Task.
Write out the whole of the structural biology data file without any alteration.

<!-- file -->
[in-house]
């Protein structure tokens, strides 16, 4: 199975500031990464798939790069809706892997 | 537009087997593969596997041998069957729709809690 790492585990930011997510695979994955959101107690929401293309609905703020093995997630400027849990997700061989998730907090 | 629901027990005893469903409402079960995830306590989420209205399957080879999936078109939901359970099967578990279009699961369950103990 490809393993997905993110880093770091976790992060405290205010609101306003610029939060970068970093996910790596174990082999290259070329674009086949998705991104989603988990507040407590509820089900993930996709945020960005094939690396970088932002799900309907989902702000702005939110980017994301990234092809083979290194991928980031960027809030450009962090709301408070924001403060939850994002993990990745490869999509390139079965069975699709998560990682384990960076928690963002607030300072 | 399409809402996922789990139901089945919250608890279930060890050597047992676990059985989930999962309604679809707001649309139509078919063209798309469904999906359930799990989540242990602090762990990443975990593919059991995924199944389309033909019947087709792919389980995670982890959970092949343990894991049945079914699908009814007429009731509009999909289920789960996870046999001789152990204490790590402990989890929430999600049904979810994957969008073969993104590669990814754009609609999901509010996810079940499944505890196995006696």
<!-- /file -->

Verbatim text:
[in-house]
């Protein structure tokens, strides 16, 4: 199975500031990464798939790069809706892997 | 537009087997593969596997041998069957729709809690 790492585990930011997510695979994955959101107690929401293309609905703020093995997630400027849990997700061989998730907090 | 629901027990005893469903409402079960995830306590989420209205399957080879999936078109939901359970099967578990279009699961369950103990 490809393993997905993110880093770091976790992060405290205010609101306003610029939060970068970093996910790596174990082999290259070329674009086949998705991104989603988990507040407590509820089900993930996709945020960005094939690396970088932002799900309907989902702000702005939110980017994301990234092809083979290194991928980031960027809030450009962090709301408070924001403060939850994002993990990745490869999509390139079965069975699709998560990682384990960076928690963002607030300072 | 399409809402996922789990139901089945919250608890279930060890050597047992676990059985989930999962309604679809707001649309139509078919063209798309469904999906359930799990989540242990602090762990990443975990593919059991995924199944389309033909019947087709792919389980995670982890959970092949343990894991049945079914699908009814007429009731509009999909289920789960996870046999001789152990204490790590402990989890929430999600049904979810994957969008073969993104590669990814754009609609999901509010996810079940499944505890196995006696």